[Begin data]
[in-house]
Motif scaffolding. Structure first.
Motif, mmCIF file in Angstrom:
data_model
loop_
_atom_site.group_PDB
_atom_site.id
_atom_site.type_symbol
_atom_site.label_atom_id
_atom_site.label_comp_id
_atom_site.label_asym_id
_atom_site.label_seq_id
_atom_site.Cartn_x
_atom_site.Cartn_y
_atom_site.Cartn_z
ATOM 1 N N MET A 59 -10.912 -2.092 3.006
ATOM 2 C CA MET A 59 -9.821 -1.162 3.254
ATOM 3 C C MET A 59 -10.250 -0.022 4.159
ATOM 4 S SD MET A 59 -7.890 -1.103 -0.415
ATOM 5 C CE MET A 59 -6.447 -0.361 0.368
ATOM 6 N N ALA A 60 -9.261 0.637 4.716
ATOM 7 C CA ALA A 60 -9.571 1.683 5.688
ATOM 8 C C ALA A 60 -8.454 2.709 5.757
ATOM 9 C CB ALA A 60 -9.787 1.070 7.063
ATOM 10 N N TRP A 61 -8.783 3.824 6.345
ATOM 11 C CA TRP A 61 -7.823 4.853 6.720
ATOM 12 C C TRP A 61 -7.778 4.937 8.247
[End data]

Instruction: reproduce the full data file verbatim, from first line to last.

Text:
[in-house]
Motif scaffolding. Structure first.
Motif, mmCIF file in Angstrom:
data_model
loop_
_atom_site.group_PDB
_atom_site.id
_atom_site.type_symbol
_atom_site.label_atom_id
_atom_site.label_comp_id
_atom_site.label_asym_id
_atom_site.label_seq_id
_atom_site.Cartn_x
_atom_site.Cartn_y
_atom_site.Cartn_z
ATOM 1 N N MET A 59 -10.912 -2.092 3.006
ATOM 2 C CA MET A 59 -9.821 -1.162 3.254
ATOM 3 C C MET A 59 -10.250 -0.022 4.159
ATOM 4 S SD MET A 59 -7.890 -1.103 -0.415
ATOM 5 C CE MET A 59 -6.447 -0.361 0.368
ATOM 6 N N ALA A 60 -9.261 0.637 4.716
ATOM 7 C CA ALA A 60 -9.571 1.683 5.688
ATOM 8 C C ALA A 60 -8.454 2.709 5.757
ATOM 9 C CB ALA A 60 -9.787 1.070 7.063
ATOM 10 N N TRP A 61 -8.783 3.824 6.345
ATOM 11 C CA TRP A 61 -7.823 4.853 6.720
ATOM 12 C C TRP A 61 -7.778 4.937 8.247